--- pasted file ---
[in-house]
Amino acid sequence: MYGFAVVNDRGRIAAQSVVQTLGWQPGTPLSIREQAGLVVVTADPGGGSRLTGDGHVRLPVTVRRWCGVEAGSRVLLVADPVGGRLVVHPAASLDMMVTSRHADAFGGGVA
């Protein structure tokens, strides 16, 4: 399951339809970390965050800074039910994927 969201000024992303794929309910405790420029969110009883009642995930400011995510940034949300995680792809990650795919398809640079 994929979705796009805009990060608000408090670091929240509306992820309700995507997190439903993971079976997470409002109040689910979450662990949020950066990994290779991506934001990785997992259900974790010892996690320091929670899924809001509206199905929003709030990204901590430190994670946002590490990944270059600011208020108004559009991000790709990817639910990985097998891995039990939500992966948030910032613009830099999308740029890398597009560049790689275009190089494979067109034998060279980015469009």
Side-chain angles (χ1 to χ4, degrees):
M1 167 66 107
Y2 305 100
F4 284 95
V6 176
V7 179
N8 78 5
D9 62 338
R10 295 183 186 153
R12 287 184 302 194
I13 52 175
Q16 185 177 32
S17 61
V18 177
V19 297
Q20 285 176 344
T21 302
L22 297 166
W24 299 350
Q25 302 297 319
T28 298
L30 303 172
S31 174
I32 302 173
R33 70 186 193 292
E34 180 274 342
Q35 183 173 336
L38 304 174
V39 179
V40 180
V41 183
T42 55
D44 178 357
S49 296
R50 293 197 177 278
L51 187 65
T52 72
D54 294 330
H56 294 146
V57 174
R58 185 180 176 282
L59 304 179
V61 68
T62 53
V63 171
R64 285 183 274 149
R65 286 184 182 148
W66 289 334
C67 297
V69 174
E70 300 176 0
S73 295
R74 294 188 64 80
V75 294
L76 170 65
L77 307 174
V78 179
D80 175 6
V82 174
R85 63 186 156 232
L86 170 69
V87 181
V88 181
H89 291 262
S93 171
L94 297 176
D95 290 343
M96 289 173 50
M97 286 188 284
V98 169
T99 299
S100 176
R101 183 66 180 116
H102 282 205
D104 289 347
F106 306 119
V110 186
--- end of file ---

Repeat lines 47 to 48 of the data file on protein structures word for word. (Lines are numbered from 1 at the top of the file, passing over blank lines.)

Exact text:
T62 53
V63 171